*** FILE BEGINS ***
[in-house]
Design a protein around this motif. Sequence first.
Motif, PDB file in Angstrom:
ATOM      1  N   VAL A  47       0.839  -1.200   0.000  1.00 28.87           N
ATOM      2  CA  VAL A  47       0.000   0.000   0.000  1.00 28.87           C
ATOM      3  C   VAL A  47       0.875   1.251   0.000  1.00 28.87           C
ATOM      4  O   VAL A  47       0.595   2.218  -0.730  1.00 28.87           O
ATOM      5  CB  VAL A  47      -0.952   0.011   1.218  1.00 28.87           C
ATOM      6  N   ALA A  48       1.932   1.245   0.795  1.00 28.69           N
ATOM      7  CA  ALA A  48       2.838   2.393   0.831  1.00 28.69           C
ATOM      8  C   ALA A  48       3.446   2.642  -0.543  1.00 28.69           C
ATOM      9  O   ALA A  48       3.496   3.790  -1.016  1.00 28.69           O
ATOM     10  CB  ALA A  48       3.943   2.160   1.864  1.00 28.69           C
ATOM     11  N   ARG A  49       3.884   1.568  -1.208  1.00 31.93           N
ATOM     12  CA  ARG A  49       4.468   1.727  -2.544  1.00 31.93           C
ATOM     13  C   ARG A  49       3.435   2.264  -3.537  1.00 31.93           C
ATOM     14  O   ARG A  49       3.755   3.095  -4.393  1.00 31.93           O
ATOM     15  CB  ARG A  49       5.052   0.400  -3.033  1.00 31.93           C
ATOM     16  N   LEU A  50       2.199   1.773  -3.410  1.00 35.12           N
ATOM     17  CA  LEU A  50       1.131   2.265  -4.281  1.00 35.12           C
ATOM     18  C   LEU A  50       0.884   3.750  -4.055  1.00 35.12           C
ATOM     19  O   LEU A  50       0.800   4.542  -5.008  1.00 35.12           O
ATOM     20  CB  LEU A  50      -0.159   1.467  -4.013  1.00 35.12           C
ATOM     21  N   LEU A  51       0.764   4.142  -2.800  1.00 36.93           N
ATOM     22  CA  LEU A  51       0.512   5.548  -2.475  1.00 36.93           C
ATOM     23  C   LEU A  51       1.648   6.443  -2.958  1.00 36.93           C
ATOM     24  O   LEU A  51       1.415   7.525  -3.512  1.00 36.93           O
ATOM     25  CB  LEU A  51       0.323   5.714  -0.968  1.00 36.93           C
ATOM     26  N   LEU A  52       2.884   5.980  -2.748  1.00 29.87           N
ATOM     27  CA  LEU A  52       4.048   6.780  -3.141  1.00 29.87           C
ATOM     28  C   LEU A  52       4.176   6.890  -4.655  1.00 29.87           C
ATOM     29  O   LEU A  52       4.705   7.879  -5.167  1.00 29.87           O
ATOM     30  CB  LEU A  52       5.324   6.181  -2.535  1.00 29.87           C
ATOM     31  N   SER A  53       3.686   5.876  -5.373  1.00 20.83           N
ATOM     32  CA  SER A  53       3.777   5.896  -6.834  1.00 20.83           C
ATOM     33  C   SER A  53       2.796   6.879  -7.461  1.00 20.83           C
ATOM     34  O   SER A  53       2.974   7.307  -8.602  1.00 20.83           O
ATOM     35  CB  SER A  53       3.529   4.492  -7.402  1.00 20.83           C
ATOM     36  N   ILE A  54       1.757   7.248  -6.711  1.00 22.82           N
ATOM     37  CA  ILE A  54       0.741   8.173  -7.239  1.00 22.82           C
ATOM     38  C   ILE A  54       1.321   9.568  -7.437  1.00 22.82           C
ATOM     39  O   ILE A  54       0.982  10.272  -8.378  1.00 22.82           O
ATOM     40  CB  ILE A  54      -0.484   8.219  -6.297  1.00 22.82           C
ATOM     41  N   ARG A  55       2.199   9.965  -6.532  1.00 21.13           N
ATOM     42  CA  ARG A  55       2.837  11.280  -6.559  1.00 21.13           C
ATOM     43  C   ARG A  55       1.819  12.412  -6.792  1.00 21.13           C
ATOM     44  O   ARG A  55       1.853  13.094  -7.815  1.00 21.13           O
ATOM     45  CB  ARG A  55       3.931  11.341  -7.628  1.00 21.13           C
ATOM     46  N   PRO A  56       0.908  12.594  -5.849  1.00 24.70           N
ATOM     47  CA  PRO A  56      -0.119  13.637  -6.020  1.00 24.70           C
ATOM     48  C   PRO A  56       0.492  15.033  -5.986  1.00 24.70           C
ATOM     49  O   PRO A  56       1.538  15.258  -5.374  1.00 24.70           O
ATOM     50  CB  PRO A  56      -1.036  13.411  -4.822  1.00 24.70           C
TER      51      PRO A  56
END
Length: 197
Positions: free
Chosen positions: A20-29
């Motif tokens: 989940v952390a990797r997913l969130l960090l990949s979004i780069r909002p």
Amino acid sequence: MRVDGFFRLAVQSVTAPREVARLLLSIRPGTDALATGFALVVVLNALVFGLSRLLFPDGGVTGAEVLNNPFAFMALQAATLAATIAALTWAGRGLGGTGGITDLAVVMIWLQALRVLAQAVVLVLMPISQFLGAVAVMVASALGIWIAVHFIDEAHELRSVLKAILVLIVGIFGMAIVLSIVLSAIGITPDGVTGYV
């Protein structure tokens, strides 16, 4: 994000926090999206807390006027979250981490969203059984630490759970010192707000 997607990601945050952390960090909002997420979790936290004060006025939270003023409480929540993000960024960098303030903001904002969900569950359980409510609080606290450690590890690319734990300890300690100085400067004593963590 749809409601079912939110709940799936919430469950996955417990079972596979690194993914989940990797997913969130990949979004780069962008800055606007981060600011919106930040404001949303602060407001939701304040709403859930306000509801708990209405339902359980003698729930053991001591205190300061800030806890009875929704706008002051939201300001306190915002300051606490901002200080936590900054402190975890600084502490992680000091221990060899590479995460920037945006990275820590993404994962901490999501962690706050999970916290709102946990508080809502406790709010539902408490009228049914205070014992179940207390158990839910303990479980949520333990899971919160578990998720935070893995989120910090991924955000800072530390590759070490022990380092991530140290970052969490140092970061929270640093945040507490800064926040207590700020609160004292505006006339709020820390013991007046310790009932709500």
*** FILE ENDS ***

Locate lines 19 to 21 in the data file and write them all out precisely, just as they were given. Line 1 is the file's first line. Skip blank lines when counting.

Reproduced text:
ATOM     16  N   LEU A  50       2.199   1.773  -3.410  1.00 35.12           N
ATOM     17  CA  LEU A  50       1.131   2.265  -4.281  1.00 35.12           C
ATOM     18  C   LEU A  50       0.884   3.750  -4.055  1.00 35.12           C